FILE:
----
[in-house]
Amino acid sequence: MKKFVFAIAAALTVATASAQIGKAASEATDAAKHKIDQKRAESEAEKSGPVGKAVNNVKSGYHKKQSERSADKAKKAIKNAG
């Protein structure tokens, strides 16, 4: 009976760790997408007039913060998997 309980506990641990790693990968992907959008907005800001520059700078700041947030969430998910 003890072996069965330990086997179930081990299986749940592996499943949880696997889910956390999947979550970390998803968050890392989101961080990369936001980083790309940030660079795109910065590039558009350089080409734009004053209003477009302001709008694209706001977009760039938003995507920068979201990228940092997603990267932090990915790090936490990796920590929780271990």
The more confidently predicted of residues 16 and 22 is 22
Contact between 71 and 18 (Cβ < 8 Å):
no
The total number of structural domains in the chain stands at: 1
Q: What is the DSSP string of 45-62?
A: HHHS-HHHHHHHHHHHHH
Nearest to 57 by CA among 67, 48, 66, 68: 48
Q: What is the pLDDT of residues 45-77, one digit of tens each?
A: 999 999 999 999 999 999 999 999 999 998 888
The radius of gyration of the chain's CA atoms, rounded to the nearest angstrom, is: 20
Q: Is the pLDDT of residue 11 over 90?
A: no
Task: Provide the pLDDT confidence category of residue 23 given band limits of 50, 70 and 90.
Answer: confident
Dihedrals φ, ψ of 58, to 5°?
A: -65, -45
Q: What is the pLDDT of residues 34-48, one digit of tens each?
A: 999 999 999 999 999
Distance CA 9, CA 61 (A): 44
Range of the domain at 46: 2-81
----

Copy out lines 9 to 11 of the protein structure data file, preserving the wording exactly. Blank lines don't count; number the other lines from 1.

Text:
A: HHHS-HHHHHHHHHHHHH
Nearest to 57 by CA among 67, 48, 66, 68: 48
Q: What is the pLDDT of residues 45-77, one digit of tens each?